More on responses to the police crackdown in Ferguson, MO by U.S. veterans of the wars in Iraq and Afghanistan that the police actions so closely resemble--vets say it's not only overkill, but totally clueless.

Net Neutrality, Algorithmic Filtering and Ferguson

Zeynep Tufekci on Medium argues that the reason the world knows about Ferguson is because Twitter is such a powerful, unfiltered channel for real-time eyewitness reports.

Facebook isn't, and that sucks.

#Ferguson is a perfect example of why Net Neutrality and algorithmic filtering really, really matter.

[photo: David Carson, St. Louis Post-Dispatch staff photog] Read the rest

Meet 3 other unarmed black men killed by US police in recent weeks

Amid the outrage in Ferguson, Missouri over the police shooting of Michael Brown, an unarmed black teenager, a reminder that Brown is not the only unarmed black man killed by police in recent weeks. Here are three other incidents on the national news radar: in New York, Los Angeles, and Ohio. [motherjones.com] Read the rest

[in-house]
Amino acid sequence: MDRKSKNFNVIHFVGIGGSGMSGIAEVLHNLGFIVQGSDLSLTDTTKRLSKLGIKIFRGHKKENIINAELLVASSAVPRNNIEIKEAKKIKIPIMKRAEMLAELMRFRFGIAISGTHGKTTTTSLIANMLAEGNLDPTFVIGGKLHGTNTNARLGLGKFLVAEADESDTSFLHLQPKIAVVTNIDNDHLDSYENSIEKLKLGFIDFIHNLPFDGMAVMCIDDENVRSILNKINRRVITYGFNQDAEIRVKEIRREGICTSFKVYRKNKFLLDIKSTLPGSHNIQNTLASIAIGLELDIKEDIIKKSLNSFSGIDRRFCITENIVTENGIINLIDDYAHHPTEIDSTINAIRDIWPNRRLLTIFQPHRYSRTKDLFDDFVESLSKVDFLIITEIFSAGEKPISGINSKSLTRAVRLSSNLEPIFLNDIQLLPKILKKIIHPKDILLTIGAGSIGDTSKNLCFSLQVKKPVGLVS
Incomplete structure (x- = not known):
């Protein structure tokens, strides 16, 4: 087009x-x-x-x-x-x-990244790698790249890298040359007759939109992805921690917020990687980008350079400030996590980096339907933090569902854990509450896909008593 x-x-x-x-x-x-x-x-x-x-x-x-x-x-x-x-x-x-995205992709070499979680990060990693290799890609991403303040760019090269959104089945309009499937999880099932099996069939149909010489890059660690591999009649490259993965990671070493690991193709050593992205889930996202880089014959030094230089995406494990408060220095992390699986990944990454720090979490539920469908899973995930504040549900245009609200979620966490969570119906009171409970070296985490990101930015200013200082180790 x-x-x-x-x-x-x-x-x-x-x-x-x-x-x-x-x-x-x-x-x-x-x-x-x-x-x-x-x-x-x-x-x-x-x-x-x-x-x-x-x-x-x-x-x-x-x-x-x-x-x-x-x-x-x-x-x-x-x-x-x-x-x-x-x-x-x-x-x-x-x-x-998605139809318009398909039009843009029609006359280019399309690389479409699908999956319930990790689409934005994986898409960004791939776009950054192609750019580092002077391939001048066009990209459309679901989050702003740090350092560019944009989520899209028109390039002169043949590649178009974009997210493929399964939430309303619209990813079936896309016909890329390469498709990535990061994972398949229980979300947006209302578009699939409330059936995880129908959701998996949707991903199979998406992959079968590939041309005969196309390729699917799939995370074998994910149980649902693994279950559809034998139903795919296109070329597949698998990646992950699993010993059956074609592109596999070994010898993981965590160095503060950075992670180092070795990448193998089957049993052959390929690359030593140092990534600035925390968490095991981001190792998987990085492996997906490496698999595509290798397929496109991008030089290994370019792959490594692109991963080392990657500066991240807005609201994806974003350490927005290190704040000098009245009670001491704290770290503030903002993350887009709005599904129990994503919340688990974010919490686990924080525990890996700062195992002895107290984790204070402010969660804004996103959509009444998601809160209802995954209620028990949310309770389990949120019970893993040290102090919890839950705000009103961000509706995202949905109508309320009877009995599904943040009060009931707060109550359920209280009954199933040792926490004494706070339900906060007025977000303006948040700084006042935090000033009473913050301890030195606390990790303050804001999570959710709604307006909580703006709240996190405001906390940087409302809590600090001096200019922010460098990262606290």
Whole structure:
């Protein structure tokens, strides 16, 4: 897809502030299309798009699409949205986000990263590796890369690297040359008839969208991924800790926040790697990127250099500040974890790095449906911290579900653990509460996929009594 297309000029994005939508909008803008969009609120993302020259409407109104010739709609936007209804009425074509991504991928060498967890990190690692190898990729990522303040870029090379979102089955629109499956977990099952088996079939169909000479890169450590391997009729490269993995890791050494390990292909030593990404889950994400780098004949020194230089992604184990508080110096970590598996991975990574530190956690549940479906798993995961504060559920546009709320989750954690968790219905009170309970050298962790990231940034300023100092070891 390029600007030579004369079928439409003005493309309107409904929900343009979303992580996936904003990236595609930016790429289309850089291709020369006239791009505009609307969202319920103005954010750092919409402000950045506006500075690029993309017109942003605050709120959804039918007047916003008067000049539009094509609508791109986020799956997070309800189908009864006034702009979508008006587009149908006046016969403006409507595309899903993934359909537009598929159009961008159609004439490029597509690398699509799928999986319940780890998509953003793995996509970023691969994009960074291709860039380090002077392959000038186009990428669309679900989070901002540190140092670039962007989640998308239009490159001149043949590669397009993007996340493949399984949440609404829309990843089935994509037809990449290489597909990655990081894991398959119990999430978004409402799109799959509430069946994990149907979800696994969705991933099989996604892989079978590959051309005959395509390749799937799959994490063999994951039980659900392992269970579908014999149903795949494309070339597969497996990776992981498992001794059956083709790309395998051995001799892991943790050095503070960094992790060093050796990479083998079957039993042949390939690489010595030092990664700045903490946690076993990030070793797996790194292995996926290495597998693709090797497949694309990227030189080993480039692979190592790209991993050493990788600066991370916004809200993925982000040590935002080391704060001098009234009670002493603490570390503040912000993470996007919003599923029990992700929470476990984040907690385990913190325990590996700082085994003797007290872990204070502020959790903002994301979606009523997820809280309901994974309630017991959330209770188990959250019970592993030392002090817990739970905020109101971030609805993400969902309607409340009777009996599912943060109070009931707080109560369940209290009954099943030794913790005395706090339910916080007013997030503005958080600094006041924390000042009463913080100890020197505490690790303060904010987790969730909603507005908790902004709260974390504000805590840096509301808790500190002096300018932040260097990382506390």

Video: GOP congressman says Ferguson protesters of 'a single continental origin'

Speaking on conservative internet TV show NewsMax, Rep. Steve King said that he was not concerned that police in Ferguson, Missouri were racially profiling protesters, because all of these protestors appeared to be of a "single origin, a single continental origin might be the way to phrase that." Starts about 2:10 in to this video.